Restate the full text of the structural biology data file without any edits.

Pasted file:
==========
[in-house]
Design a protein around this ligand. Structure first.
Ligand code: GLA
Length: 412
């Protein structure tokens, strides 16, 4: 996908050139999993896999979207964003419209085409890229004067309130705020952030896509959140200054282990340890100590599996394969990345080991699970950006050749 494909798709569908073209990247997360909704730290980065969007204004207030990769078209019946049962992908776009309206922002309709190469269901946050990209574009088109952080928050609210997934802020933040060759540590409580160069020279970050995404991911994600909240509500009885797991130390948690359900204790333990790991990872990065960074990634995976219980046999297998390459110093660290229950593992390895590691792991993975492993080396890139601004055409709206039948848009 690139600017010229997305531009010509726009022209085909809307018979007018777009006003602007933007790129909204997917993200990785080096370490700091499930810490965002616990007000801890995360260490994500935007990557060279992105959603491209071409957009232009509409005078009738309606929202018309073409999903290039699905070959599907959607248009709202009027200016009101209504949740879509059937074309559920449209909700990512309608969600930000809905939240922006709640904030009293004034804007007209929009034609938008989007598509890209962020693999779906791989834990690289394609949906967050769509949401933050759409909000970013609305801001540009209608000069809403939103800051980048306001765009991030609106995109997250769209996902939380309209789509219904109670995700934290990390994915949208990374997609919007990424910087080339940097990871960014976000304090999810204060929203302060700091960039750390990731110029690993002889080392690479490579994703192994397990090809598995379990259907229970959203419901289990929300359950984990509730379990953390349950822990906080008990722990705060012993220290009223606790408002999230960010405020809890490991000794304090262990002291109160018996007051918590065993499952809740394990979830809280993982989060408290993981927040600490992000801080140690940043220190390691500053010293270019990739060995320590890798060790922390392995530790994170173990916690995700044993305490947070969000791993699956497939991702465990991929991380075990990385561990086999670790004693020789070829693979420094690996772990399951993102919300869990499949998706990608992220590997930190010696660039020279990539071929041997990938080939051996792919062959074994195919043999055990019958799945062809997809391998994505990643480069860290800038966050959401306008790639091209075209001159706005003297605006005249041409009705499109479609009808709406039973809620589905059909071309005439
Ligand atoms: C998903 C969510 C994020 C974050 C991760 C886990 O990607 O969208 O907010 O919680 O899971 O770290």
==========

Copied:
[in-house]
Design a protein around this ligand. Structure first.
Ligand code: GLA
Length: 412
């Protein structure tokens, strides 16, 4: 996908050139999993896999979207964003419209085409890229004067309130705020952030896509959140200054282990340890100590599996394969990345080991699970950006050749 494909798709569908073209990247997360909704730290980065969007204004207030990769078209019946049962992908776009309206922002309709190469269901946050990209574009088109952080928050609210997934802020933040060759540590409580160069020279970050995404991911994600909240509500009885797991130390948690359900204790333990790991990872990065960074990634995976219980046999297998390459110093660290229950593992390895590691792991993975492993080396890139601004055409709206039948848009 690139600017010229997305531009010509726009022209085909809307018979007018777009006003602007933007790129909204997917993200990785080096370490700091499930810490965002616990007000801890995360260490994500935007990557060279992105959603491209071409957009232009509409005078009738309606929202018309073409999903290039699905070959599907959607248009709202009027200016009101209504949740879509059937074309559920449209909700990512309608969600930000809905939240922006709640904030009293004034804007007209929009034609938008989007598509890209962020693999779906791989834990690289394609949906967050769509949401933050759409909000970013609305801001540009209608000069809403939103800051980048306001765009991030609106995109997250769209996902939380309209789509219904109670995700934290990390994915949208990374997609919007990424910087080339940097990871960014976000304090999810204060929203302060700091960039750390990731110029690993002889080392690479490579994703192994397990090809598995379990259907229970959203419901289990929300359950984990509730379990953390349950822990906080008990722990705060012993220290009223606790408002999230960010405020809890490991000794304090262990002291109160018996007051918590065993499952809740394990979830809280993982989060408290993981927040600490992000801080140690940043220190390691500053010293270019990739060995320590890798060790922390392995530790994170173990916690995700044993305490947070969000791993699956497939991702465990991929991380075990990385561990086999670790004693020789070829693979420094690996772990399951993102919300869990499949998706990608992220590997930190010696660039020279990539071929041997990938080939051996792919062959074994195919043999055990019958799945062809997809391998994505990643480069860290800038966050959401306008790639091209075209001159706005003297605006005249041409009705499109479609009808709406039973809620589905059909071309005439
Ligand atoms: C998903 C969510 C994020 C974050 C991760 C886990 O990607 O969208 O907010 O919680 O899971 O770290």